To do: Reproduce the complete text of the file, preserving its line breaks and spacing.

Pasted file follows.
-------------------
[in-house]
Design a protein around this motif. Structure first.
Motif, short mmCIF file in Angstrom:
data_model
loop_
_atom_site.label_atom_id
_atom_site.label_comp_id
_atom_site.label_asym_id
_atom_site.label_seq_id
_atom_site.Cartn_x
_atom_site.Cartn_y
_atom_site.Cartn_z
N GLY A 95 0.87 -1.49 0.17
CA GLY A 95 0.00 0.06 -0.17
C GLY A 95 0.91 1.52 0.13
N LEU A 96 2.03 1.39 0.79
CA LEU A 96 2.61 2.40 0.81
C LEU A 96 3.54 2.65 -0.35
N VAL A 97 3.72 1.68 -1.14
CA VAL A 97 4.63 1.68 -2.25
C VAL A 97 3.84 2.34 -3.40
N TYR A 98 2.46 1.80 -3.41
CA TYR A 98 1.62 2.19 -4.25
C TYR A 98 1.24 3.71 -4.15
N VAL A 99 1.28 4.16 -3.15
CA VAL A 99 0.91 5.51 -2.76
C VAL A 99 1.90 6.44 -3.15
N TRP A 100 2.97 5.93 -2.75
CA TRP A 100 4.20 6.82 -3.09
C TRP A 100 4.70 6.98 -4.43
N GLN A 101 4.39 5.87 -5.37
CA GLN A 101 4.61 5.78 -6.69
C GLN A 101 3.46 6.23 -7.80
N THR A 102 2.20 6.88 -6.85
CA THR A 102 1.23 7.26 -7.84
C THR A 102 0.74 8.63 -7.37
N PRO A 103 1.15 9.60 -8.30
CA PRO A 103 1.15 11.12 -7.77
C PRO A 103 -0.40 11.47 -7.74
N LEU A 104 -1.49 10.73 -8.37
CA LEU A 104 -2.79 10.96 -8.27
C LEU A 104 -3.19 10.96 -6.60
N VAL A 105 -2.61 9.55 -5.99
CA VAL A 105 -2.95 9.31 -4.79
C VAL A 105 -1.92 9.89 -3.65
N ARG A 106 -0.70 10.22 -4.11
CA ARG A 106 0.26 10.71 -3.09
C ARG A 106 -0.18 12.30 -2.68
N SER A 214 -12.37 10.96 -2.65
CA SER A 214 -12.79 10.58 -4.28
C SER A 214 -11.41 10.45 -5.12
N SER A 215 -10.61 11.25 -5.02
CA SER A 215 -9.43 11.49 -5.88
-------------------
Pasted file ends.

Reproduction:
[in-house]
Design a protein around this motif. Structure first.
Motif, short mmCIF file in Angstrom:
data_model
loop_
_atom_site.label_atom_id
_atom_site.label_comp_id
_atom_site.label_asym_id
_atom_site.label_seq_id
_atom_site.Cartn_x
_atom_site.Cartn_y
_atom_site.Cartn_z
N GLY A 95 0.87 -1.49 0.17
CA GLY A 95 0.00 0.06 -0.17
C GLY A 95 0.91 1.52 0.13
N LEU A 96 2.03 1.39 0.79
CA LEU A 96 2.61 2.40 0.81
C LEU A 96 3.54 2.65 -0.35
N VAL A 97 3.72 1.68 -1.14
CA VAL A 97 4.63 1.68 -2.25
C VAL A 97 3.84 2.34 -3.40
N TYR A 98 2.46 1.80 -3.41
CA TYR A 98 1.62 2.19 -4.25
C TYR A 98 1.24 3.71 -4.15
N VAL A 99 1.28 4.16 -3.15
CA VAL A 99 0.91 5.51 -2.76
C VAL A 99 1.90 6.44 -3.15
N TRP A 100 2.97 5.93 -2.75
CA TRP A 100 4.20 6.82 -3.09
C TRP A 100 4.70 6.98 -4.43
N GLN A 101 4.39 5.87 -5.37
CA GLN A 101 4.61 5.78 -6.69
C GLN A 101 3.46 6.23 -7.80
N THR A 102 2.20 6.88 -6.85
CA THR A 102 1.23 7.26 -7.84
C THR A 102 0.74 8.63 -7.37
N PRO A 103 1.15 9.60 -8.30
CA PRO A 103 1.15 11.12 -7.77
C PRO A 103 -0.40 11.47 -7.74
N LEU A 104 -1.49 10.73 -8.37
CA LEU A 104 -2.79 10.96 -8.27
C LEU A 104 -3.19 10.96 -6.60
N VAL A 105 -2.61 9.55 -5.99
CA VAL A 105 -2.95 9.31 -4.79
C VAL A 105 -1.92 9.89 -3.65
N ARG A 106 -0.70 10.22 -4.11
CA ARG A 106 0.26 10.71 -3.09
C ARG A 106 -0.18 12.30 -2.68
N SER A 214 -12.37 10.96 -2.65
CA SER A 214 -12.79 10.58 -4.28
C SER A 214 -11.41 10.45 -5.12
N SER A 215 -10.61 11.25 -5.02
CA SER A 215 -9.43 11.49 -5.88